BALTIMORE (WJZ) — Prepare to spend more green for blue crabs. Numbers are out on the annual survey of crabs in the bay, and they are not great.
Alex DeMetrick explains what the survey is telling scientists and watermen.
The numbers, which have been a solid predictor for years, are pointing to another drop in the crab population.
Crabs count for millions of dollars in the Chesapeake. And every winter, crabs are counted to gauge their numbers, especially the small juveniles that grow to market size in summer.
“The numbers this year are disappointing,” said Lynn Fegley, Department of Natural Resources Fisheries.
According to the DNR, the big worry is: “The number of spawning age females declined fairly sharply,” Fegley said.
The survey found spawning age female crabs at 69 million–just below the 70 million minimum considered a safe population limit. Juvenile crabs increased by 78 percent from 2013, but that positive number still leaves the total population at 300 million–the lowest number in six years.
“I don’t dispute their findings at all. It’s terrible,” said waterman Blair Baltus.
For watermen who have already been under restrictions limiting the amount of female crabs they can catch, the numbers could mean more cuts.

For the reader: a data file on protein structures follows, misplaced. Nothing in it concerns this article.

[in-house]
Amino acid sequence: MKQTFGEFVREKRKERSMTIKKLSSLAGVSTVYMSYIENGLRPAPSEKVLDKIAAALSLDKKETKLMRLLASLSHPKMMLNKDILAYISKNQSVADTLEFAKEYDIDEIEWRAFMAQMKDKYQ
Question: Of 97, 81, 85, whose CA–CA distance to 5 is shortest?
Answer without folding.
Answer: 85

“They’ll go back now and maybe looking at a 10 percent reduction the rest of the season starting in June,” Baltus said.
“When we don’t have as many spawning age females in the bay, we start to worry about losing the ability to get lots of baby crabs back in the bay and keep that population churning,” Fegley said.
It’s not fishing reducing the population, scientists say it’s environmental. It’s possible there is less underwater grass to protect crabs from predators. And this past winter, up to 28 percent of the crabs hibernating in bay mud froze to death.
“I’ve seen them magically appear and magically disappear. It’s crabs,” said Baltus.
All of which is adding up to higher costs for consumers for crab feasts this summer.
Maryland and Virginia have both entered into an agreement to do whatever it takes to keep the blue crab population from crashing in the Chesapeake.
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